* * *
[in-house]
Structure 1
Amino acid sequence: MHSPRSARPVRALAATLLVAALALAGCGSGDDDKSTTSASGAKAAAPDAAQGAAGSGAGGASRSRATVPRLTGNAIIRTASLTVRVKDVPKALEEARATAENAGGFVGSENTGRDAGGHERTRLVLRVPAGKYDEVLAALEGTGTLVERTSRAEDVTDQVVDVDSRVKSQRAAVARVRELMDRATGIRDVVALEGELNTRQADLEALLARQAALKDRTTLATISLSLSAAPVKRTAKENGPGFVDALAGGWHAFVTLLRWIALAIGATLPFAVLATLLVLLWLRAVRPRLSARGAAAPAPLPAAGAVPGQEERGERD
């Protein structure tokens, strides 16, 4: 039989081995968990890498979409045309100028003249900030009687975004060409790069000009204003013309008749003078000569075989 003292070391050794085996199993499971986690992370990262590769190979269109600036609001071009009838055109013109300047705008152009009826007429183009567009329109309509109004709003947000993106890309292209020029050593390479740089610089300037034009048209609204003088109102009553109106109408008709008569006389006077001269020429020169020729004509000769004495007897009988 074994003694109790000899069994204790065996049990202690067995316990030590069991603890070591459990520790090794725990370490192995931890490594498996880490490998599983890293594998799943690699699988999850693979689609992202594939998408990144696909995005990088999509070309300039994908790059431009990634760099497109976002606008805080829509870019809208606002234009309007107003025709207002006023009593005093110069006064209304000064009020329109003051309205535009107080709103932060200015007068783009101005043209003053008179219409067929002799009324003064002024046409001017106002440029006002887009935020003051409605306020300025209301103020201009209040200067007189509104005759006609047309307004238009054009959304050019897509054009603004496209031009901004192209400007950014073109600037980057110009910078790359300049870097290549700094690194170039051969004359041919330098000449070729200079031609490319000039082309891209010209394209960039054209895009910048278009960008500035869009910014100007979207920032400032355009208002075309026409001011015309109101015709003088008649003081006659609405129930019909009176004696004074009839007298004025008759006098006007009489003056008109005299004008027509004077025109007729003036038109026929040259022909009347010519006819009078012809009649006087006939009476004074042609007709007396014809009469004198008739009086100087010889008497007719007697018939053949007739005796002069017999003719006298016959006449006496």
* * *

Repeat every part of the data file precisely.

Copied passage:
[in-house]
Structure 1
Amino acid sequence: MHSPRSARPVRALAATLLVAALALAGCGSGDDDKSTTSASGAKAAAPDAAQGAAGSGAGGASRSRATVPRLTGNAIIRTASLTVRVKDVPKALEEARATAENAGGFVGSENTGRDAGGHERTRLVLRVPAGKYDEVLAALEGTGTLVERTSRAEDVTDQVVDVDSRVKSQRAAVARVRELMDRATGIRDVVALEGELNTRQADLEALLARQAALKDRTTLATISLSLSAAPVKRTAKENGPGFVDALAGGWHAFVTLLRWIALAIGATLPFAVLATLLVLLWLRAVRPRLSARGAAAPAPLPAAGAVPGQEERGERD
């Protein structure tokens, strides 16, 4: 039989081995968990890498979409045309100028003249900030009687975004060409790069000009204003013309008749003078000569075989 003292070391050794085996199993499971986690992370990262590769190979269109600036609001071009009838055109013109300047705008152009009826007429183009567009329109309509109004709003947000993106890309292209020029050593390479740089610089300037034009048209609204003088109102009553109106109408008709008569006389006077001269020429020169020729004509000769004495007897009988 074994003694109790000899069994204790065996049990202690067995316990030590069991603890070591459990520790090794725990370490192995931890490594498996880490490998599983890293594998799943690699699988999850693979689609992202594939998408990144696909995005990088999509070309300039994908790059431009990634760099497109976002606008805080829509870019809208606002234009309007107003025709207002006023009593005093110069006064209304000064009020329109003051309205535009107080709103932060200015007068783009101005043209003053008179219409067929002799009324003064002024046409001017106002440029006002887009935020003051409605306020300025209301103020201009209040200067007189509104005759006609047309307004238009054009959304050019897509054009603004496209031009901004192209400007950014073109600037980057110009910078790359300049870097290549700094690194170039051969004359041919330098000449070729200079031609490319000039082309891209010209394209960039054209895009910048278009960008500035869009910014100007979207920032400032355009208002075309026409001011015309109101015709003088008649003081006659609405129930019909009176004696004074009839007298004025008759006098006007009489003056008109005299004008027509004077025109007729003036038109026929040259022909009347010519006819009078012809009649006087006939009476004074042609007709007396014809009469004198008739009086100087010889008497007719007697018939053949007739005796002069017999003719006298016959006449006496």